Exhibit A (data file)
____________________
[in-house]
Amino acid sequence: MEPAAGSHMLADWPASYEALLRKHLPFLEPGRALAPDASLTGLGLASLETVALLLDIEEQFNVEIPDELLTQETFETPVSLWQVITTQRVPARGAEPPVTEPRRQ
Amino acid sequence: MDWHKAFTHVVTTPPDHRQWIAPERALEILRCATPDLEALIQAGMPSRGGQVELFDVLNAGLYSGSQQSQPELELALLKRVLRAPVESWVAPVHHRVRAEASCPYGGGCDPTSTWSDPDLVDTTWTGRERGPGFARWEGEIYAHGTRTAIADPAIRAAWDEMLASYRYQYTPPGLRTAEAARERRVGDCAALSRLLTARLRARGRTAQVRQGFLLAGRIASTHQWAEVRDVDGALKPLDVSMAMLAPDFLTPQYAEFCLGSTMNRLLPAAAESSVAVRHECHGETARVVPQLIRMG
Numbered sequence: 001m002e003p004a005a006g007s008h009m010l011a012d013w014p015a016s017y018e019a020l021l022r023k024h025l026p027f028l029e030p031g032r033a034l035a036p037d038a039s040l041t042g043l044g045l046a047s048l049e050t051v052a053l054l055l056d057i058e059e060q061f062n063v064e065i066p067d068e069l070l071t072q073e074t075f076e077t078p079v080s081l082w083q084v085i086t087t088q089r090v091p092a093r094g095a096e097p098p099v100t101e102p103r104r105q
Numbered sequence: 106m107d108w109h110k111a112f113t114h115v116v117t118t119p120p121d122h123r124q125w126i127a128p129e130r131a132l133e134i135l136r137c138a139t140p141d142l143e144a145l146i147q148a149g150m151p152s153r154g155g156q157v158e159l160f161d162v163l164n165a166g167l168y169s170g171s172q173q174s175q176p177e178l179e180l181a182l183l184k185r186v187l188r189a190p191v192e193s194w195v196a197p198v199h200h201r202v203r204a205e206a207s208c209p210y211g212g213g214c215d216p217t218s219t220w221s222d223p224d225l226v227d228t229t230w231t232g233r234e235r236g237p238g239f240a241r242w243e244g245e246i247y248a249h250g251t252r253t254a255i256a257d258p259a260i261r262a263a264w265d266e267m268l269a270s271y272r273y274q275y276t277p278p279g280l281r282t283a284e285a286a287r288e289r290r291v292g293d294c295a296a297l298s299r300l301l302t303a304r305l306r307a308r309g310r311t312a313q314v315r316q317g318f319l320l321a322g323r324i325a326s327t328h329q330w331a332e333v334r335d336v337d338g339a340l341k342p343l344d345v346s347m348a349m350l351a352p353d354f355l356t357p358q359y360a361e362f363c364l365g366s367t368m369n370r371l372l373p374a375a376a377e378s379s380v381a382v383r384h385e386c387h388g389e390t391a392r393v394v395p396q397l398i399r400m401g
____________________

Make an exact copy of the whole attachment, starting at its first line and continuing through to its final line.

[in-house]
Amino acid sequence: MEPAAGSHMLADWPASYEALLRKHLPFLEPGRALAPDASLTGLGLASLETVALLLDIEEQFNVEIPDELLTQETFETPVSLWQVITTQRVPARGAEPPVTEPRRQ
Amino acid sequence: MDWHKAFTHVVTTPPDHRQWIAPERALEILRCATPDLEALIQAGMPSRGGQVELFDVLNAGLYSGSQQSQPELELALLKRVLRAPVESWVAPVHHRVRAEASCPYGGGCDPTSTWSDPDLVDTTWTGRERGPGFARWEGEIYAHGTRTAIADPAIRAAWDEMLASYRYQYTPPGLRTAEAARERRVGDCAALSRLLTARLRARGRTAQVRQGFLLAGRIASTHQWAEVRDVDGALKPLDVSMAMLAPDFLTPQYAEFCLGSTMNRLLPAAAESSVAVRHECHGETARVVPQLIRMG
Numbered sequence: 001m002e003p004a005a006g007s008h009m010l011a012d013w014p015a016s017y018e019a020l021l022r023k024h025l026p027f028l029e030p031g032r033a034l035a036p037d038a039s040l041t042g043l044g045l046a047s048l049e050t051v052a053l054l055l056d057i058e059e060q061f062n063v064e065i066p067d068e069l070l071t072q073e074t075f076e077t078p079v080s081l082w083q084v085i086t087t088q089r090v091p092a093r094g095a096e097p098p099v100t101e102p103r104r105q
Numbered sequence: 106m107d108w109h110k111a112f113t114h115v116v117t118t119p120p121d122h123r124q125w126i127a128p129e130r131a132l133e134i135l136r137c138a139t140p141d142l143e144a145l146i147q148a149g150m151p152s153r154g155g156q157v158e159l160f161d162v163l164n165a166g167l168y169s170g171s172q173q174s175q176p177e178l179e180l181a182l183l184k185r186v187l188r189a190p191v192e193s194w195v196a197p198v199h200h201r202v203r204a205e206a207s208c209p210y211g212g213g214c215d216p217t218s219t220w221s222d223p224d225l226v227d228t229t230w231t232g233r234e235r236g237p238g239f240a241r242w243e244g245e246i247y248a249h250g251t252r253t254a255i256a257d258p259a260i261r262a263a264w265d266e267m268l269a270s271y272r273y274q275y276t277p278p279g280l281r282t283a284e285a286a287r288e289r290r291v292g293d294c295a296a297l298s299r300l301l302t303a304r305l306r307a308r309g310r311t312a313q314v315r316q317g318f319l320l321a322g323r324i325a326s327t328h329q330w331a332e333v334r335d336v337d338g339a340l341k342p343l344d345v346s347m348a349m350l351a352p353d354f355l356t357p358q359y360a361e362f363c364l365g366s367t368m369n370r371l372l373p374a375a376a377e378s379s380v381a382v383r384h385e386c387h388g389e390t391a392r393v394v395p396q397l398i399r400m401g